Import multiple VCF contacts into Gmail with Windows 7

One of rather frequent tasks is import of existing contacts from other sources into newly created Gmail account.

There are lot of tools (Gmail offer that as well) for two-way synhronization between various applications (Outlook and such), but one time, one way (Desktop -> Gmail) is not covered very well.

So, task is simple: import multiple VCF (vCard) contacts into Gmail contacts.

I will use Windows Contacts as an example inside Windows 7 (Nokia PC Suite can synhronize contacts in your phone with Windows Contacts) but procedure can be applied to any set of *.vcf files.

Get Windows Contacts into *.vcf format

  • Open Windows Contacts
  • Select “Organize / Select All
  • Select Export
  • Select “vCards (folder of .vcf files)
  • Click on Export

You will be asked to select folder where all contacts wil be exported as .vcf files:

Windows Contacts - VCF export

Let’s assume that you created new folder Cards on C: drive and exported *.vcf there. Also, create another subfolder of Cards folder – Final.

So, new structure is C:CardsFinal with bunch of *.vcf files into C:Cards

Combine all *.vcf files into one big file

Next step is to combine all *.vcf files into one big file.

Open Windows Explored and locate C:Cards. Press and hold Shift key and right-click with mouse anywhere in folder and select option “Open command window here“:

Open command window here

Don’t get scared by black window you got; you need to type just one short command:

copy /b *.vcf FinalBig.Vcf

Merge multiple files

You can close command windows after this.

If you are English speaking person and have no strange characters in names of your contacts, you can stop here – use C:CardsFinalBig.vcf as source of import in Gmail Contacts and you are fine.

However, most of us non-English speaking should do final step: proper conversion of file.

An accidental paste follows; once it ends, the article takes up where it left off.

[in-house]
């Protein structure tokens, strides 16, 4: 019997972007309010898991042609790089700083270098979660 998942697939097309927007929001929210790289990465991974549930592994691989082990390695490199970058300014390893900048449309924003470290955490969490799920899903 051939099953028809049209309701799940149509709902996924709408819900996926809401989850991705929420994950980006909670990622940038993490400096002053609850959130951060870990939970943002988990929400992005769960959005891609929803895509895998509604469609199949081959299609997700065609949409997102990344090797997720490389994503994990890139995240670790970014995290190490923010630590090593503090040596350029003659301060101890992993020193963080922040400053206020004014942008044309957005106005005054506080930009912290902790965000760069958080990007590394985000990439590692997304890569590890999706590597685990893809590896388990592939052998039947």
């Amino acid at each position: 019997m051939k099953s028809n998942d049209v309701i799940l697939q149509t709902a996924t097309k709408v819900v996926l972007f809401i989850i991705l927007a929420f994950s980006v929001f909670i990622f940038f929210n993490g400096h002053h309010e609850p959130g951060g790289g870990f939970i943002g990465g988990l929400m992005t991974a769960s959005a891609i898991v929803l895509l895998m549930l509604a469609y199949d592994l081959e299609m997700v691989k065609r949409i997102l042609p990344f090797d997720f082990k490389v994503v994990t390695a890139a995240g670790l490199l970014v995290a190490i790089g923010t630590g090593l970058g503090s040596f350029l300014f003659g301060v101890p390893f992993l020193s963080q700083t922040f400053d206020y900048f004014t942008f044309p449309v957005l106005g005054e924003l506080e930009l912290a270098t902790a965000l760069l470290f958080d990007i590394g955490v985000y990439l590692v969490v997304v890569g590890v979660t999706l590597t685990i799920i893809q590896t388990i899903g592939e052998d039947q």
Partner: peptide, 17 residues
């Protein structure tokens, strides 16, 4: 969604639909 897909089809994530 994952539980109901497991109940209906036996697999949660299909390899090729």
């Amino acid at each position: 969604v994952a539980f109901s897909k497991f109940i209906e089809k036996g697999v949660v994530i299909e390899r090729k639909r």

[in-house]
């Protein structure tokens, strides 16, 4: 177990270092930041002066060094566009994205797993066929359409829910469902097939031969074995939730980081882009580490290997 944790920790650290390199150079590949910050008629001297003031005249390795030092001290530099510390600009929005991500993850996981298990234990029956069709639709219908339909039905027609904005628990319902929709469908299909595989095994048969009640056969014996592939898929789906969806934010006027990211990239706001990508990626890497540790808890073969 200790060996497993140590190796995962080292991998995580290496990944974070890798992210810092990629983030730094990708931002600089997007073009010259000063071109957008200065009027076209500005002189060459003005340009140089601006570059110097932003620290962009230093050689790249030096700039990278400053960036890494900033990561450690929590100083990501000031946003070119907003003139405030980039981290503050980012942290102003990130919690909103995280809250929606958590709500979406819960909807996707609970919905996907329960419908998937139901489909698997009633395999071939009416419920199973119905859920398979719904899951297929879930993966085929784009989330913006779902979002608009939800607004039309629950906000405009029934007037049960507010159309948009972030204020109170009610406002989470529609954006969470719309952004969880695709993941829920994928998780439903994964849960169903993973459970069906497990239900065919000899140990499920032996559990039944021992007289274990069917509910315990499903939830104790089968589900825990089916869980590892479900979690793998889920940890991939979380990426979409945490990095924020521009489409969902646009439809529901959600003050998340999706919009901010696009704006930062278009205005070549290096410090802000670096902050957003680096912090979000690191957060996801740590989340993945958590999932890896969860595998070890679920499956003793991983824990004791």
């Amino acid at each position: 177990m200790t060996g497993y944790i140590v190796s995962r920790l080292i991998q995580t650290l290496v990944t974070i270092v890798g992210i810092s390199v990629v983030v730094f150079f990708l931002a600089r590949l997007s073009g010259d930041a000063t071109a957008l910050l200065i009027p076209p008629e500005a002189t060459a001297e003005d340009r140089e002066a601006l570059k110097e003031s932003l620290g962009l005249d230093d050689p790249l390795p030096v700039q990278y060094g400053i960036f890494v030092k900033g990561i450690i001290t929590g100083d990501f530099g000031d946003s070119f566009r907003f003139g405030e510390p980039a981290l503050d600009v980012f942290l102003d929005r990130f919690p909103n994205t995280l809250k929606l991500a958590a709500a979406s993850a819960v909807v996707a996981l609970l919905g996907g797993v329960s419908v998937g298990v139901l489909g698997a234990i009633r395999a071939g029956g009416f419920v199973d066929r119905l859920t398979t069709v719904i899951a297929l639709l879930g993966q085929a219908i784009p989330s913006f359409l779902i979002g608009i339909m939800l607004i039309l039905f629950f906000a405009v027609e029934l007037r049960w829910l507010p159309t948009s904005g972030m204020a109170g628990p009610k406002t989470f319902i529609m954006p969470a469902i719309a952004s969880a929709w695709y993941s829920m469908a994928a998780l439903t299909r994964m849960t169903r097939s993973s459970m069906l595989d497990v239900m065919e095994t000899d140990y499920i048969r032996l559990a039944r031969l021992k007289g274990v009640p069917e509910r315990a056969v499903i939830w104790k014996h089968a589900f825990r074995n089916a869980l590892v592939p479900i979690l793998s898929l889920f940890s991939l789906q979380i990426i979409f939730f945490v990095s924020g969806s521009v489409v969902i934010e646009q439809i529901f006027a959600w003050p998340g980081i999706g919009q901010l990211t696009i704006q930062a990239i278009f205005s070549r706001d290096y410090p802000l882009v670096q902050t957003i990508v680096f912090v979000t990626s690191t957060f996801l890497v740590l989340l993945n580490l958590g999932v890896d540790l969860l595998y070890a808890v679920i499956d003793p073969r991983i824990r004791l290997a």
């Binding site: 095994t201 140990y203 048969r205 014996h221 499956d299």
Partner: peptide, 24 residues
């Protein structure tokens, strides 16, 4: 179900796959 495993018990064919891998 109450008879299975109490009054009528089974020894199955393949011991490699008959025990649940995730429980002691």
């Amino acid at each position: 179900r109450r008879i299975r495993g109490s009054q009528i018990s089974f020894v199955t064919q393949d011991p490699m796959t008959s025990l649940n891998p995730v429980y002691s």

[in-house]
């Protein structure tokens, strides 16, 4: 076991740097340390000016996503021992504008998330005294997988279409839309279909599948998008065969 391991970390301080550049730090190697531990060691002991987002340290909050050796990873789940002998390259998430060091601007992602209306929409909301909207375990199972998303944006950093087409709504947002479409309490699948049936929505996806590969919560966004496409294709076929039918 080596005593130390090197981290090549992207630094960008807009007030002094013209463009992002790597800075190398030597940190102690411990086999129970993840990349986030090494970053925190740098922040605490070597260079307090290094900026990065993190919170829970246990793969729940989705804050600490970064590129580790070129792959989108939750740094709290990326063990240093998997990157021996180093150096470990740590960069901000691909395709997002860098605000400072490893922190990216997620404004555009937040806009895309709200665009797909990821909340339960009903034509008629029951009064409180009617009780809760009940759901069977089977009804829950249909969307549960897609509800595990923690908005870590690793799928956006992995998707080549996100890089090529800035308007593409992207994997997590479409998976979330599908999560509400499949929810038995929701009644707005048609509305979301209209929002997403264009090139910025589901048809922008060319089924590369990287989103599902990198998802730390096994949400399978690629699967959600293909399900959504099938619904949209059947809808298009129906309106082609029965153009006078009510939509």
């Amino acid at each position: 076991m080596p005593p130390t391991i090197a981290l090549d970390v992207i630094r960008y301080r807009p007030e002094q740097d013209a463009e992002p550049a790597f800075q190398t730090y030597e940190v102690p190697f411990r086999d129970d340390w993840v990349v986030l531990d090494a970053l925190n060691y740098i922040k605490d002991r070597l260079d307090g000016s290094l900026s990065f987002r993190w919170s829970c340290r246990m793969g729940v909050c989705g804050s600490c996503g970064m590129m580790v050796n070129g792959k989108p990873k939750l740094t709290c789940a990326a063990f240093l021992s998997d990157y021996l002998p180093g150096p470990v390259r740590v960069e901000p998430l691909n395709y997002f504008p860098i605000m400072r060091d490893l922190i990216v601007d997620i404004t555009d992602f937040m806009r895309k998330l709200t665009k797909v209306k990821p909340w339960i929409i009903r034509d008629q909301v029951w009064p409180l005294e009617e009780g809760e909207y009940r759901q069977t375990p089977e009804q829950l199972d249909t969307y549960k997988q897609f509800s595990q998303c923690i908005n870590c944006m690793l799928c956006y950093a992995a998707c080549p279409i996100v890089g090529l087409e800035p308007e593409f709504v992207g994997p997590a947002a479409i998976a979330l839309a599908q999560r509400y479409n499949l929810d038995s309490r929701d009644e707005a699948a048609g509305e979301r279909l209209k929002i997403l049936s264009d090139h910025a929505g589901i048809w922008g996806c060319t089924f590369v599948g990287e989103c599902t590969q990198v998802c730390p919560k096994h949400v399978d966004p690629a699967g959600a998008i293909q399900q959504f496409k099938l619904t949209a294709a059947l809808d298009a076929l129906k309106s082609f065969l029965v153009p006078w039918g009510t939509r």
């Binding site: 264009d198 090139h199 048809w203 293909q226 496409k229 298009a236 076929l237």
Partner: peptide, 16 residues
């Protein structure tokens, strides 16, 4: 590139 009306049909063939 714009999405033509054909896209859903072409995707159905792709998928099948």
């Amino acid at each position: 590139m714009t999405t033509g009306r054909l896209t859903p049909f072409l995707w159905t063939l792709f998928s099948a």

Convert big vcf file into UTF8

We will use Powershell for this final step.

Press Start, type Powershell and select Windows PowerShell. Now you will be presented with blue 🙂 screen. Type following sequence of commands, pressing Enter on end of every line (or do copy / paste)

cd CardsFinal
get-content "Big.Vcf" | out-file -encoding "UTF8" -filepath "ConvertedBig.Vcf"

Powershell - UTF8 conversion

That is it – import your file C:CardsFinalConvertedBig.Vcf into Gmail contacts 🙂

Scripting Man’s best friend – PowerShell

In the world of GUI, at the heart, I am still scripting / command line / shell man.

No matter how GUI application is built, there can be no efficiency and repeatability like in a powerful, versatile script.

In the beginning, there was DOS. Than simple Command processor of Windows 95/98 (I resisted of installing Windows ME, thank God for that). Than, enlightenment – JP‘s 4Dos (retired) and 4NT – the way CMD should be from start. 4NT was breakthrough in my productivity – backup, maintenance, monitor scripts; processing of folders and files; automating each and every boring repeatable action. Add on top of that AWK for really complicated stuff and there was no problem without solution.

Microsoft was aware about all of shortcomings of CMD shell and tried to overcome them introducing Windows Scripting Shell; however, that approach simply was not successful.

Than MS started to work on Microsoft Shell or MSH (codenamed Monad), and first public beta was in September 2005. Finally, they renamed it to Windows PowerShell and build one of the most powerful scripting system for all kinds of tasks – from simple file operations to management of domains and networks. With PowerShell you can manage files, folders, remote locations, registry items, COM objects …

Let’s see how dir command does both in PS and CMD:

PowerShell dir command

What is the difference? (apart from obvious: colors and different way of displaying information) Real difference is that result of the CMD dir command are lines of text and result of PS dir command are objects; objects which you can query for attributes and to decide what to do next based on attribute values.

  • Commands are not text-based – they deal with objects
  • Command family is extensible – native binary commands, cmdlets (pronounced command-lets) can be augmented by cmdlets that you create

For example, to find out all properties of objects returned with dir, execute:
dir | get-member

By the way, dir is not real name for cmdlet – it is just an alias:

PowerShell Get-Alias dir

You can create your own aliases using the Set-Alias cmdlet.

Just one important thing if you plan to dive into PowerShell scripts world:

In order to create and use scripts, instead of just inline commands, you need to deal with security. More info can be obtained with
* get-help about_signing | more
* get-help Set-AuthenticodeSignature -detailed | more

(or redirect this to file and read afterwards)

(basic help can be obtained for any cmdlet with “-?“; detailed help can be obtained with “get-help cmdlet-name“)

Almost forgot – real reason for this post was that PowerShell reached version 1.0 and it is availabile for download.